Medical Case Study: Patient Demographics

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Patient Demographics

Twelve-year-old Hispanic male D.C. presented to Advocate Illinois Masonic Medical Center Emergency Department the morning of May 14, 2015, accompanied by his mother, for complaints of abdominal pain and vomiting that began that morning at 0100. While in the ED, D.C. complained of abdominal pain which he rated ten out of ten, so he was given a GI cocktail with Pepto-Bismol, as well as morphine for pain and Zofran for nausea, and his pain decreased to seven out of ten. Due to D.C.’s complaints of abdominal pain, which included his right lower quadrant, the ED physician caring for him ordered an ultrasound of his appendix. This ultrasound was non-diagnostic, as D.C.’s appendix was not visualized. Because he had a clinical …show more content…

likely had gastroenteritis, but the Pediatric Hospitalist ordered a surgical consult to investigate the possibility of appendicitis further. At that time, the surgeon felt the suspicion for appendicitis was low, because although D.C.’s white blood cell (WBC) count was 20.9 thousand/mcL, his C-reactive protein (CRP) was 0.7 mg/dL and he did not have rebound right lower quadrant tenderness. CRP has high predictive value on admission in a patient for whom appendicitis is being investigated. Children who have a CRP greater than 3 mg/dL have a greater risk of complications, and therefore are more likely to need early interventions and close monitoring (Gavela, Cabeza, Serrano, & Casado-Flores, 2012, p. 416). The plan for D.C. was to observe him, do serial abdominal examinations, and obtain a repeat CBC in the morning to evaluate his clinical …show more content…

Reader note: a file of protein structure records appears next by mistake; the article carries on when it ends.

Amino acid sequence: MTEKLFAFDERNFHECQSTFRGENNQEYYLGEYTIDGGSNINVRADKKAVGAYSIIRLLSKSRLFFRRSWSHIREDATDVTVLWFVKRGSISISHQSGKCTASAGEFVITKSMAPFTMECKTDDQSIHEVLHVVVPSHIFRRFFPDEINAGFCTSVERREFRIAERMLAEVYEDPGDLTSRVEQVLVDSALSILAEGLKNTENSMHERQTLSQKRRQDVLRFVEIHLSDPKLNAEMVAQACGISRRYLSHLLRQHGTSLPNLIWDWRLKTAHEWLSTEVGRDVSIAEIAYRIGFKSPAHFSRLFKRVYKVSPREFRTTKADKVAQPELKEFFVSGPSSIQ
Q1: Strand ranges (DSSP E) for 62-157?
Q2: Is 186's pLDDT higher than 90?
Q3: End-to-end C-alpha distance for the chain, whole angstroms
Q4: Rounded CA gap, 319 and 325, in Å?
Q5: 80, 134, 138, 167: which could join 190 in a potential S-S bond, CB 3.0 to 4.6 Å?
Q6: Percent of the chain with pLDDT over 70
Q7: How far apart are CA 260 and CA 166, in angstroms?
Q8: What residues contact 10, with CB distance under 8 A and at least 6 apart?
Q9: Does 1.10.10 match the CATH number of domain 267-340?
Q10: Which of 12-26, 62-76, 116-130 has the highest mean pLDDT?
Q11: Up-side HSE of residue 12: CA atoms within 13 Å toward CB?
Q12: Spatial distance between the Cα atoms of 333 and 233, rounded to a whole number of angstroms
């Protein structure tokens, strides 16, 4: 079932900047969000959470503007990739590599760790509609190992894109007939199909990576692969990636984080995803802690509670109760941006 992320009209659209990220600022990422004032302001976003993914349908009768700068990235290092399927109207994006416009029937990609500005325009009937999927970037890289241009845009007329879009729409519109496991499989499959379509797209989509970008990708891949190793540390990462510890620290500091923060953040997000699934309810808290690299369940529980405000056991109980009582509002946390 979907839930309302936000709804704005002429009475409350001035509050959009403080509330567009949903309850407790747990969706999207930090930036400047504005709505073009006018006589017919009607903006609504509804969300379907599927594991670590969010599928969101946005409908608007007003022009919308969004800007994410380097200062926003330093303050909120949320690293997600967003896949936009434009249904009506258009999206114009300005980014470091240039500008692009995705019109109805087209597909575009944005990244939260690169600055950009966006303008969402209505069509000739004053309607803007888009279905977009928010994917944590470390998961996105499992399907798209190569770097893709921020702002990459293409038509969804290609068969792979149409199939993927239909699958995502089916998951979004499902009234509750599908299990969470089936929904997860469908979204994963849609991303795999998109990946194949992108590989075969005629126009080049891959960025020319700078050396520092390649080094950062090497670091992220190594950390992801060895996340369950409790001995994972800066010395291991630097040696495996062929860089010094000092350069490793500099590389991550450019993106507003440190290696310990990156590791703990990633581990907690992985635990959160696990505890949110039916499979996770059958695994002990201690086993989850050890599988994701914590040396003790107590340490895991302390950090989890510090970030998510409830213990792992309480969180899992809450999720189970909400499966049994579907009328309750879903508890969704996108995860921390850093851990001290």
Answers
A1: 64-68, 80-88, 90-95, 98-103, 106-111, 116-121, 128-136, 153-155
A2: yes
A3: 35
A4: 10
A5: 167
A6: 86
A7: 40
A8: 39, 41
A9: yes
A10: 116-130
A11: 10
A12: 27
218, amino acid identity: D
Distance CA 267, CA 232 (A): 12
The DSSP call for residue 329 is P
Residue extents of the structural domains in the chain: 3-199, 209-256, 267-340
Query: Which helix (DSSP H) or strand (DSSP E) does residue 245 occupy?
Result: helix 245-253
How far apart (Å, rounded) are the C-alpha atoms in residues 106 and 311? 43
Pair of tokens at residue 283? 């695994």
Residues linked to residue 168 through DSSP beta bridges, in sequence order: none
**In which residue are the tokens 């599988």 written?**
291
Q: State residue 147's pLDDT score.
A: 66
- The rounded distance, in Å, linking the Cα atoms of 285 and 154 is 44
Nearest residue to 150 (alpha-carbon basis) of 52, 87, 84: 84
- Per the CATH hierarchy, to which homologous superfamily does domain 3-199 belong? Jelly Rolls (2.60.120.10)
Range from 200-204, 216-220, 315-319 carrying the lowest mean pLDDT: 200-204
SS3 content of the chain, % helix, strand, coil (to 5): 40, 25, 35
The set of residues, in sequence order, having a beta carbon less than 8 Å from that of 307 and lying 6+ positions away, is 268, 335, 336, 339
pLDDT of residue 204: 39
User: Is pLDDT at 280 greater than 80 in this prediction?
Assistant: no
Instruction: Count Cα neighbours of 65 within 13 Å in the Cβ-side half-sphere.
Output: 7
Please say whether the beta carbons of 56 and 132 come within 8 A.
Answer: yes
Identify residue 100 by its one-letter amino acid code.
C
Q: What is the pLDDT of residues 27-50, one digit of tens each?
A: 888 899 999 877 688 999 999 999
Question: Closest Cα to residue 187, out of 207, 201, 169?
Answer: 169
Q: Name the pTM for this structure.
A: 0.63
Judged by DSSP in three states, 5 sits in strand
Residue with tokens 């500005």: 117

I remembered discussing with a pediatric surgeon in the past the fact that CRP is a more crucial piece of the diagnostic puzzle than WBC count for children for whom appendicitis is being ruled out, and although I had mentioned this in morning rounds, the Pediatric Hospitalist physician said that she did not feel another CRP was necessary. The labs drawn on D.C. the morning of May 15 had shown a WBC count of 19.3, a slight normalization from the prior day. After I verbalized again that I thought another CRP should be obtained since I noted that D.C.’s pain level was not improving, the Pediatric Hospitalist agreed to order a repeat CBC and CRP for the afternoon. The results showed a WBC of 24.7 and a CRP of 22. Due to an increased WBC count and significantly elevated CRP, Pediatric Surgery was notified and a stat computed tomography (CT) scan of the abdomen and pelvis with contrast was ordered. The CT scan showed perforated appendicitis and a fatty liver, so blood cultures were drawn and D.C. was started on ceftriaxone and metronidazole intravenously. He continued to receive these antibiotics IV, as well as medication for pain control, until his discharge home on May 21 with a prescription for Augmentin to be taken by mouth three times a day for five days. He had an appointment with his pediatrician for May 22 and one with Pediatric Surgery for May 28. Surgery was planned for approximately six to eight weeks after discharge, once

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